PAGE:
Journal of
Public Health and Epidemiology

  • Abbreviation: J. Public Health Epidemiol.
  • Language: English
  • ISSN: 2141-2316
  • DOI: 10.5897/JPHE
  • Start Year: 2009
  • Published Articles: 655

Full Length Research Paper

Mosquito biting and malaria situation in an urban setting in Zambia

Freddie Masaninga¹, Daniel C. W. Nkhuwa2, Fastone M. Goma3, Cecilia Shinondo3, Emmanuel Chanda4, Mulakwa Kamuliwo4, Elizabeth Chizema Kawesha5, Seter Siziya6* and Olusegun Babaniyi1
1World Health Organisation Country Office, Lusaka, Zambia. 2School of Mines, University of Zambia, Lusaka, Zambia. 3School of Medicine, University of Zambia, Lusaka, Zambia. 4National Malaria Control Centre, Ministry of Health, Lusaka, Zambia. 5Ministry of Health, Ndeke House, Lusaka, Zambia. 6Public Health Unit, Clinical Sciences Department, The Copperbelt University, Ndola, Zambia.
Email: [email protected]

  •  Accepted: 29 October 2012
  •  Published: 30 November 2012


Unprecedented increased mosquito bites were observed in urban and peri-urban areas of Lusaka District and there was a perceived increase in malaria which necessitated a study in 2009 to determine the mosquito biting and malaria situation within urban and peri-urban settings. We analysed water bodies as sources of mosquito larvae (vegetable gardens, sewerage maturation ponds and foot paths) and, weather factors for possible effects on mosquito densities, species distribution and reviewed laboratory confirmed malaria cases and interventions implemented in the previous five years from 2009. We collected high densities of Culex quinquefasciatus mosquito larvae (mean; 250 per scoop) from sewerage maturation ponds overgrown with water hyacinth - an aquatic vegetation and collected large numbers of adult Cxquinquefasciatus  indoor (mean: 14.2, range: 2.8 to 34 per room) and up to 2,000 Cxquinquefasciatus out-door in one open structure. However, we did not find adult Anopheles in any of these collections but we found Anopheles larvae along a footpath in one peri-urban location. There was no evidence of increased malaria cases despite reported increased mosquito biting but a district-wide and nationwide decline in malaria trends. A combination of factors; human and environmental, created suitable micro-habitats that increased densities of the Culex mosquito but not malaria vector species within urban and peri-urban settings. An intensified surveillance, monitoring and evaluation measure is vital to understanding malaria situation and delivering effective malaria interventions in different epidemiological settings.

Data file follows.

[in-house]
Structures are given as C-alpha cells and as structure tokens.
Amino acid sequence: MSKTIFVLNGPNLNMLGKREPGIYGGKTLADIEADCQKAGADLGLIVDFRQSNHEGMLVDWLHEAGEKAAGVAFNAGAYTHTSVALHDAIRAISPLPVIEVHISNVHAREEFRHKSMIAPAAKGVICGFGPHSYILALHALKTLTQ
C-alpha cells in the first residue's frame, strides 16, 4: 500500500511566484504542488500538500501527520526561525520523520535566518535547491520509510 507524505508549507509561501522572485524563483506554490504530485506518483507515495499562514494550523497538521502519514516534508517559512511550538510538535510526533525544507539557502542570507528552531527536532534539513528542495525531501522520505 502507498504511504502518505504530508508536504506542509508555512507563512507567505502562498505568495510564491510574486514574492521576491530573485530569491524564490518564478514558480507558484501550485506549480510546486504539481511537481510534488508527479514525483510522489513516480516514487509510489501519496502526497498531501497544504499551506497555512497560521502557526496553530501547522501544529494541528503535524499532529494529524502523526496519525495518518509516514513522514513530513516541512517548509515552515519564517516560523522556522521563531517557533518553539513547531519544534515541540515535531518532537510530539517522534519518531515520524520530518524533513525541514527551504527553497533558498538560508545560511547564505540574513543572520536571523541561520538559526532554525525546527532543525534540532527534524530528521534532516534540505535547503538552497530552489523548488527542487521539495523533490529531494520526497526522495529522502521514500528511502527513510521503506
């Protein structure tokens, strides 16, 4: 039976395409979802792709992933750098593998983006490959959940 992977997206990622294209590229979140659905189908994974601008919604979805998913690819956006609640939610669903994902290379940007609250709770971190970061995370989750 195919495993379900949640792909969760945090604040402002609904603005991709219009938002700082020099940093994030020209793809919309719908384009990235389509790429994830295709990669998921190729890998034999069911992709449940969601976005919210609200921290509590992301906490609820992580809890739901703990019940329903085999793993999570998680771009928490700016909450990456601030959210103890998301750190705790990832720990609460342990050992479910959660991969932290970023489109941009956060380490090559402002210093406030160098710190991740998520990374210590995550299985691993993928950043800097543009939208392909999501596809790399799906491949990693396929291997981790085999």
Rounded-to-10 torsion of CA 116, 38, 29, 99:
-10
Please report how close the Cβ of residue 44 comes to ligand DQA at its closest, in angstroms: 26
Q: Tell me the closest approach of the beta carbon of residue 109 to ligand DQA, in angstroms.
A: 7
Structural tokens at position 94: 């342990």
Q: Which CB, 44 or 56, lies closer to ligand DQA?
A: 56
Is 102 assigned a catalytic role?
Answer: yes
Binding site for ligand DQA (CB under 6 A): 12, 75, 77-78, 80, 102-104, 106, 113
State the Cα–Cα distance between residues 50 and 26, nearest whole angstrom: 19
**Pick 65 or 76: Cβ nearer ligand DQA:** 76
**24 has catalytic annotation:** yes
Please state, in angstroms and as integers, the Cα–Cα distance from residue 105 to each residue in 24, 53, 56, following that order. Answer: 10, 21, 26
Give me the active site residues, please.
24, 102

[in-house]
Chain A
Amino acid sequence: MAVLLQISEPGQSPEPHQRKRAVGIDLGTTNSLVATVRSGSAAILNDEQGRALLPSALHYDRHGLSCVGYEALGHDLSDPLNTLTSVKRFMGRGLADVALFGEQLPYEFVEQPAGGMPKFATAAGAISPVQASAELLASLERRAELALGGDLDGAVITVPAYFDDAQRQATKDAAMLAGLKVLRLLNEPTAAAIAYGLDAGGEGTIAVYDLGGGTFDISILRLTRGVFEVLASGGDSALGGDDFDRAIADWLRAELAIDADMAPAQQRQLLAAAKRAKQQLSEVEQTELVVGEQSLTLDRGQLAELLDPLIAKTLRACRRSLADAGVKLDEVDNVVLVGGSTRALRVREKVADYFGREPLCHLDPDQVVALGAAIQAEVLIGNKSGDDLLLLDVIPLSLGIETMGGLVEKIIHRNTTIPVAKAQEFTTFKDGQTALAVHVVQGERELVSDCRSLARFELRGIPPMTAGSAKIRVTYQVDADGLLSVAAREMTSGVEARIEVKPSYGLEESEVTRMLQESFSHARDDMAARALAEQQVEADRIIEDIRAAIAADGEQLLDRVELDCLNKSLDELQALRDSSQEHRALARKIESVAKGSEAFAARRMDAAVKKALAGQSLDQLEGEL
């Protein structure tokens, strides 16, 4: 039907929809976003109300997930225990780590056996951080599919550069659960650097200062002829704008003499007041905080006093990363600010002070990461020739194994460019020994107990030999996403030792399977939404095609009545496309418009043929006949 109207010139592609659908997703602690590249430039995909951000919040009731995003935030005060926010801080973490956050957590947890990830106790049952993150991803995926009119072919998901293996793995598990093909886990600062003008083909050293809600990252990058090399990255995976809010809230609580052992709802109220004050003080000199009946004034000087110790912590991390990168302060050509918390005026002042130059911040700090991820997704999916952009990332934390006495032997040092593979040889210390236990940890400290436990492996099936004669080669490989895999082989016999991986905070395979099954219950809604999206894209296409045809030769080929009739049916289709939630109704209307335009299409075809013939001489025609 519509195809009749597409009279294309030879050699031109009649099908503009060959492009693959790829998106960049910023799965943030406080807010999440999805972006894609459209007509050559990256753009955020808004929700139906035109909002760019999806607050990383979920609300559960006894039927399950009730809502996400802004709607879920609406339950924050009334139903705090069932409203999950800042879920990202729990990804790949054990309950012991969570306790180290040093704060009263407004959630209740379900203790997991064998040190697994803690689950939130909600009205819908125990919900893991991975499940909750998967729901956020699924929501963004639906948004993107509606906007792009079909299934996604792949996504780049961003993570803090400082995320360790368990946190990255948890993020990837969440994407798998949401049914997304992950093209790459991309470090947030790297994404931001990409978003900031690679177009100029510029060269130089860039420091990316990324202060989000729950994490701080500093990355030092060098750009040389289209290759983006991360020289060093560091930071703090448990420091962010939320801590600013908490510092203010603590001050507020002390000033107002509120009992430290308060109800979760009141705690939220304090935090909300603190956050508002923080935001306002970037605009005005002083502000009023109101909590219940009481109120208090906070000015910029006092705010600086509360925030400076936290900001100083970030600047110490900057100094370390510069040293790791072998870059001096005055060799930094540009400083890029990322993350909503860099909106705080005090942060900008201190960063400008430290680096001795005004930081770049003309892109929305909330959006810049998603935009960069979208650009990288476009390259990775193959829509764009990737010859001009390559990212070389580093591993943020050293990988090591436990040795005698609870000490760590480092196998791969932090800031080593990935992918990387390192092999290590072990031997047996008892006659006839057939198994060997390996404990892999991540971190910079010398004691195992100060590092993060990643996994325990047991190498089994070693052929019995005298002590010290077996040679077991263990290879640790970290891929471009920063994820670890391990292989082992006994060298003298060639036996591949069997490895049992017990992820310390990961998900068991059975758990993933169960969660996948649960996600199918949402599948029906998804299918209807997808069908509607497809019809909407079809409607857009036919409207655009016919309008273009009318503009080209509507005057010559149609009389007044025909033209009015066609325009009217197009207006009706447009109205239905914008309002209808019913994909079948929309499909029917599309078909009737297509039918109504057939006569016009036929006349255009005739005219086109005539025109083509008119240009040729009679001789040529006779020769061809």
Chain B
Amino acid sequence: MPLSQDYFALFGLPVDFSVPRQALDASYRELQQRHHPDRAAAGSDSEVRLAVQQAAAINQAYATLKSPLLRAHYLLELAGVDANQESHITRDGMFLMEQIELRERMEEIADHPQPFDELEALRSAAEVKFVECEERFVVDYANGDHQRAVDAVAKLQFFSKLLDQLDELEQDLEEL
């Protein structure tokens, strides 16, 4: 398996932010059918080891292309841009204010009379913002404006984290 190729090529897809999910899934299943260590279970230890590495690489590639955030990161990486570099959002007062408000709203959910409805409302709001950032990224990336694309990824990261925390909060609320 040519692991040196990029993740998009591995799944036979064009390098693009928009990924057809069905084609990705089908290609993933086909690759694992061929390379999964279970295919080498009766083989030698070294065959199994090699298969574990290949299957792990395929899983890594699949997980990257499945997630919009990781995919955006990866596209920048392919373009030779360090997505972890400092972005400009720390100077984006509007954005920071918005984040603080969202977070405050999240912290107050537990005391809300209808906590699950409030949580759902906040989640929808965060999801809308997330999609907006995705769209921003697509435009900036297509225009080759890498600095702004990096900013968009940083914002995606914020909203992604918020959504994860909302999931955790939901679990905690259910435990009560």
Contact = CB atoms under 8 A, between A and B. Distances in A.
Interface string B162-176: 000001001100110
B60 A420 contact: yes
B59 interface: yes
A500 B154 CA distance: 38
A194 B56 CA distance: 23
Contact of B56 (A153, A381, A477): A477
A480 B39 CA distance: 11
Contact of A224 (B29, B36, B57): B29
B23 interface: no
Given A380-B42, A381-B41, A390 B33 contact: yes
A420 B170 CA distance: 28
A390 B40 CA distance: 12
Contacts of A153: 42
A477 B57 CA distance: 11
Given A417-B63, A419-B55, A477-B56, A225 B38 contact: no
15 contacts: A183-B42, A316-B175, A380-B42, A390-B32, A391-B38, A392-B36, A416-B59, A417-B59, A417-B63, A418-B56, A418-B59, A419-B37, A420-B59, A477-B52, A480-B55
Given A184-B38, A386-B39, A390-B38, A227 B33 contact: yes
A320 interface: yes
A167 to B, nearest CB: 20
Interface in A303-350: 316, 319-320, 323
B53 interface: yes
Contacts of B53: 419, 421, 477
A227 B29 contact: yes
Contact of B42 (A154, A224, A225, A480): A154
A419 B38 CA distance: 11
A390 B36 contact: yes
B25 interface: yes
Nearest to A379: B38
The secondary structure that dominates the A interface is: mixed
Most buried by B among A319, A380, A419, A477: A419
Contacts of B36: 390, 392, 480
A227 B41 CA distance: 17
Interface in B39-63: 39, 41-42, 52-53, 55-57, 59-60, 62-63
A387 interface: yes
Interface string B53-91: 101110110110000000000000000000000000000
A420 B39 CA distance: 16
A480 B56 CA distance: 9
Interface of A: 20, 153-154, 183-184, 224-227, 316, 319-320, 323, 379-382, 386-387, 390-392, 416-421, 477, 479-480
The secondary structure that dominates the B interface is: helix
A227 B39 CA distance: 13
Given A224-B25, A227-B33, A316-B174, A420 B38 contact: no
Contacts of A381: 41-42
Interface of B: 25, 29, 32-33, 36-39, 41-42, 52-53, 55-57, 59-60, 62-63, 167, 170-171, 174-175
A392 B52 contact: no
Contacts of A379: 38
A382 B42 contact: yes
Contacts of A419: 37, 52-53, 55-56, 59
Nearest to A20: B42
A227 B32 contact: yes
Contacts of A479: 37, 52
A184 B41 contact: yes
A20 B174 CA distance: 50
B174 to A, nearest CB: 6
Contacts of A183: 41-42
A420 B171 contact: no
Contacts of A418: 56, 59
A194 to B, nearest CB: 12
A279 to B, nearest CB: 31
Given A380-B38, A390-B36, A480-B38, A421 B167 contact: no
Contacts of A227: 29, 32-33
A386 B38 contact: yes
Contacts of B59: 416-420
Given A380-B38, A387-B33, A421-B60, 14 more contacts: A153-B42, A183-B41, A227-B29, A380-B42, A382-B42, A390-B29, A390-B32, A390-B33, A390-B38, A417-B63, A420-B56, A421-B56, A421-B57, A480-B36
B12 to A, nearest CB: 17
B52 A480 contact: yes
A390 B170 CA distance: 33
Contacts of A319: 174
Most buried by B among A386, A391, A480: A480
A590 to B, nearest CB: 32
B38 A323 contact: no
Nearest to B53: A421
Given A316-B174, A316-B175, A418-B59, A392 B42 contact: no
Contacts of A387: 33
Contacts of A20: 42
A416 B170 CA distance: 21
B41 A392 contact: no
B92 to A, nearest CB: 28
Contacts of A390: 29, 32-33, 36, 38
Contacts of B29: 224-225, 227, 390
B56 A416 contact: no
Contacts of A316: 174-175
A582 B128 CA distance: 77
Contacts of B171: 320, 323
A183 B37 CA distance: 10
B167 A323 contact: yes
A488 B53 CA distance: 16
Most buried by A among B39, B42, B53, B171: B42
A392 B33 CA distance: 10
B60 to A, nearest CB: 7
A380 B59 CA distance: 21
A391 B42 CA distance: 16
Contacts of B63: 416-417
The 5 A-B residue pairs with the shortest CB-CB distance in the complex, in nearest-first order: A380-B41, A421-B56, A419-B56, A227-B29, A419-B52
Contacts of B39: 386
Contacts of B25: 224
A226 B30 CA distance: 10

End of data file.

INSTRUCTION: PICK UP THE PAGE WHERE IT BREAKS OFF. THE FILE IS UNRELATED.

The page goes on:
Key words: Mosquito, malaria, Culex quinquefasciatus, larvae, water hyacinth.